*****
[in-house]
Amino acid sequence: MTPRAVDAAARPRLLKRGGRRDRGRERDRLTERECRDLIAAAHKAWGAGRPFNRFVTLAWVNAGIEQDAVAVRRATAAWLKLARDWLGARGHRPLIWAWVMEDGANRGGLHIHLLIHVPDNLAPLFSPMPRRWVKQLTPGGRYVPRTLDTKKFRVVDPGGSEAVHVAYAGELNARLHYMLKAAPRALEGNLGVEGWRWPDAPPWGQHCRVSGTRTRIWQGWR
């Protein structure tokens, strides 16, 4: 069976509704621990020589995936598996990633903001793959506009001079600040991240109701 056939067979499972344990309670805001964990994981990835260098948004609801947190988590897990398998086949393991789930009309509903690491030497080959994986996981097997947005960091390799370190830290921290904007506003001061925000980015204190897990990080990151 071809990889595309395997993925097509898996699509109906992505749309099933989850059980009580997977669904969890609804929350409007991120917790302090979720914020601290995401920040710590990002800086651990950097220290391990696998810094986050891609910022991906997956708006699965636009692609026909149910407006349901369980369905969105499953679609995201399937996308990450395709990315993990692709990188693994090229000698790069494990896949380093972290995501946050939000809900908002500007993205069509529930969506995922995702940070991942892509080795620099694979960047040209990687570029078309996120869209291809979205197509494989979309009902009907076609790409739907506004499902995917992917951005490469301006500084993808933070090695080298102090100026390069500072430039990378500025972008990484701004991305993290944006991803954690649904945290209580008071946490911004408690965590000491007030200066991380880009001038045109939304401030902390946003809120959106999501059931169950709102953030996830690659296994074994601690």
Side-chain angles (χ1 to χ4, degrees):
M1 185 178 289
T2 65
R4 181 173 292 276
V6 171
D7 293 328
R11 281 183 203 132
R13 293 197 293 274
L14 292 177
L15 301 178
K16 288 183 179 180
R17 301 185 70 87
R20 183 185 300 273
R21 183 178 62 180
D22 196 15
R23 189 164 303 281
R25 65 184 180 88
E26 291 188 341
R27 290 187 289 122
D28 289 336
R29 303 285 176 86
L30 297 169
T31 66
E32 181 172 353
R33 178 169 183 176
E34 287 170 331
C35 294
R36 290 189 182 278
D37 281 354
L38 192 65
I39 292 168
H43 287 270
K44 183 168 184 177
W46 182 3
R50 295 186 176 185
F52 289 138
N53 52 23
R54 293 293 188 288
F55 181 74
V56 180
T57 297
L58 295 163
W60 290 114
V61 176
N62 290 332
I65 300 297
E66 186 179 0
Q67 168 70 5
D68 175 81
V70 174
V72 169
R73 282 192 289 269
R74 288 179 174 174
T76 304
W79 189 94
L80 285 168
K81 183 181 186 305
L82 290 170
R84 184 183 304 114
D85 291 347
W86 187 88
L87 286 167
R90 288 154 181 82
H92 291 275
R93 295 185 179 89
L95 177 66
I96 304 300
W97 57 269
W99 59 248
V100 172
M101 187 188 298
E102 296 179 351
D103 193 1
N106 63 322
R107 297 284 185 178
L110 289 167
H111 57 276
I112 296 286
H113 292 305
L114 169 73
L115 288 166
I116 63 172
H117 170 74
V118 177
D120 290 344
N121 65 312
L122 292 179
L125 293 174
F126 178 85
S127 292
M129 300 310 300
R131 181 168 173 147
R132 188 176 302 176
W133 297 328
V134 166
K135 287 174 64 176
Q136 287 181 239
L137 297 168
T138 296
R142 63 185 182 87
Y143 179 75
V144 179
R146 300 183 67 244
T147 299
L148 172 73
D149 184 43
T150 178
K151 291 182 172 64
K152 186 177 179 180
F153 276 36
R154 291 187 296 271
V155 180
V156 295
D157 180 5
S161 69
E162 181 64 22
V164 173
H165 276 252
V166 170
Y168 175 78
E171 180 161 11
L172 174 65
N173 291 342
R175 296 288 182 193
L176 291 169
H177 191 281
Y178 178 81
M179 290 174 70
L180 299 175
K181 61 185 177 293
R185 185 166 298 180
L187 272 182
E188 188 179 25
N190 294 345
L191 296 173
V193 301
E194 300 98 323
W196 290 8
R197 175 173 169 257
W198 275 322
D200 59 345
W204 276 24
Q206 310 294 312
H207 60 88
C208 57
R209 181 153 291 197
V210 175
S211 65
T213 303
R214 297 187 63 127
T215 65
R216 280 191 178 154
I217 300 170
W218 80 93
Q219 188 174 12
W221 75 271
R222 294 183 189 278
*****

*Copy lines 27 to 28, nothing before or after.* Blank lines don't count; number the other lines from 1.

E32 181 172 353
R33 178 169 183 176